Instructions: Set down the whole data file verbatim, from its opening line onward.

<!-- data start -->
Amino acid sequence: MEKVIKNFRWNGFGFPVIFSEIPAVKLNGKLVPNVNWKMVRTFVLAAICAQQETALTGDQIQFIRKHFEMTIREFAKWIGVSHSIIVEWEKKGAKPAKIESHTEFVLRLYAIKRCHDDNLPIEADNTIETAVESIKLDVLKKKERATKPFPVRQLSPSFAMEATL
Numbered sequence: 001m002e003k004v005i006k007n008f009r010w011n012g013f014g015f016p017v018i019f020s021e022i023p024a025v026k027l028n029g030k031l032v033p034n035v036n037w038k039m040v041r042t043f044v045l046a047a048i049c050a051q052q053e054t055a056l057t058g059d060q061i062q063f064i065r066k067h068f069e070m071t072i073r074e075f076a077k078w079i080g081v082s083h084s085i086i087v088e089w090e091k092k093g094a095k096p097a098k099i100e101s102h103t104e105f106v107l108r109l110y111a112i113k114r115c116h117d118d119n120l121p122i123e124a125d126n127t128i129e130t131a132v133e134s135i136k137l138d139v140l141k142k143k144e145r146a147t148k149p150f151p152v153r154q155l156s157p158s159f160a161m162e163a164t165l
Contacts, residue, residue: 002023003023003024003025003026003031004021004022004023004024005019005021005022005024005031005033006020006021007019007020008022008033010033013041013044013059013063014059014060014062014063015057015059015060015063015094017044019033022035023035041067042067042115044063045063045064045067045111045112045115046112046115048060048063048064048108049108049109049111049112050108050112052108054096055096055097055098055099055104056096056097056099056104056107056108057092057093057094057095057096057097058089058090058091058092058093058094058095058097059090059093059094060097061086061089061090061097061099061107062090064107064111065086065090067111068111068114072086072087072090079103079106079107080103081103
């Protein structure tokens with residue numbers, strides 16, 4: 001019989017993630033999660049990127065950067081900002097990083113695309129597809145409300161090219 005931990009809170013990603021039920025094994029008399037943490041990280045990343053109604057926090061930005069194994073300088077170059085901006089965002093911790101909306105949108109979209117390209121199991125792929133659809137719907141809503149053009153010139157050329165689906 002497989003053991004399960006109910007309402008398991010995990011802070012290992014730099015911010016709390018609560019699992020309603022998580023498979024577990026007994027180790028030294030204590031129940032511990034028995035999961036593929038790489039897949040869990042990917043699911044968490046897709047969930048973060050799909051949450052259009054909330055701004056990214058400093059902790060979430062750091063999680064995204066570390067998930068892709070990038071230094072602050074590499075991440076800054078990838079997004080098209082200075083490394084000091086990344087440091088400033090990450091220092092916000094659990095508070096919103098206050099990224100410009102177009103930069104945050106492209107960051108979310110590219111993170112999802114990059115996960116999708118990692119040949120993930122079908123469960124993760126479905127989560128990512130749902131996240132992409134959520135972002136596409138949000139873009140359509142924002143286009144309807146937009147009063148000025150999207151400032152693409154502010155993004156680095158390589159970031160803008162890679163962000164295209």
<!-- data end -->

Amino acid sequence: MEKVIKNFRWNGFGFPVIFSEIPAVKLNGKLVPNVNWKMVRTFVLAAICAQQETALTGDQIQFIRKHFEMTIREFAKWIGVSHSIIVEWEKKGAKPAKIESHTEFVLRLYAIKRCHDDNLPIEADNTIETAVESIKLDVLKKKERATKPFPVRQLSPSFAMEATL
Numbered sequence: 001m002e003k004v005i006k007n008f009r010w011n012g013f014g015f016p017v018i019f020s021e022i023p024a025v026k027l028n029g030k031l032v033p034n035v036n037w038k039m040v041r042t043f044v045l046a047a048i049c050a051q052q053e054t055a056l057t058g059d060q061i062q063f064i065r066k067h068f069e070m071t072i073r074e075f076a077k078w079i080g081v082s083h084s085i086i087v088e089w090e091k092k093g094a095k096p097a098k099i100e101s102h103t104e105f106v107l108r109l110y111a112i113k114r115c116h117d118d119n120l121p122i123e124a125d126n127t128i129e130t131a132v133e134s135i136k137l138d139v140l141k142k143k144e145r146a147t148k149p150f151p152v153r154q155l156s157p158s159f160a161m162e163a164t165l
Contacts, residue, residue: 002023003023003024003025003026003031004021004022004023004024005019005021005022005024005031005033006020006021007019007020008022008033010033013041013044013059013063014059014060014062014063015057015059015060015063015094017044019033022035023035041067042067042115044063045063045064045067045111045112045115046112046115048060048063048064048108049108049109049111049112050108050112052108054096055096055097055098055099055104056096056097056099056104056107056108057092057093057094057095057096057097058089058090058091058092058093058094058095058097059090059093059094060097061086061089061090061097061099061107062090064107064111065086065090067111068111068114072086072087072090079103079106079107080103081103
């Protein structure tokens with residue numbers, strides 16, 4: 001019989017993630033999660049990127065950067081900002097990083113695309129597809145409300161090219 005931990009809170013990603021039920025094994029008399037943490041990280045990343053109604057926090061930005069194994073300088077170059085901006089965002093911790101909306105949108109979209117390209121199991125792929133659809137719907141809503149053009153010139157050329165689906 002497989003053991004399960006109910007309402008398991010995990011802070012290992014730099015911010016709390018609560019699992020309603022998580023498979024577990026007994027180790028030294030204590031129940032511990034028995035999961036593929038790489039897949040869990042990917043699911044968490046897709047969930048973060050799909051949450052259009054909330055701004056990214058400093059902790060979430062750091063999680064995204066570390067998930068892709070990038071230094072602050074590499075991440076800054078990838079997004080098209082200075083490394084000091086990344087440091088400033090990450091220092092916000094659990095508070096919103098206050099990224100410009102177009103930069104945050106492209107960051108979310110590219111993170112999802114990059115996960116999708118990692119040949120993930122079908123469960124993760126479905127989560128990512130749902131996240132992409134959520135972002136596409138949000139873009140359509142924002143286009144309807146937009147009063148000025150999207151400032152693409154502010155993004156680095158390589159970031160803008162890679163962000164295209």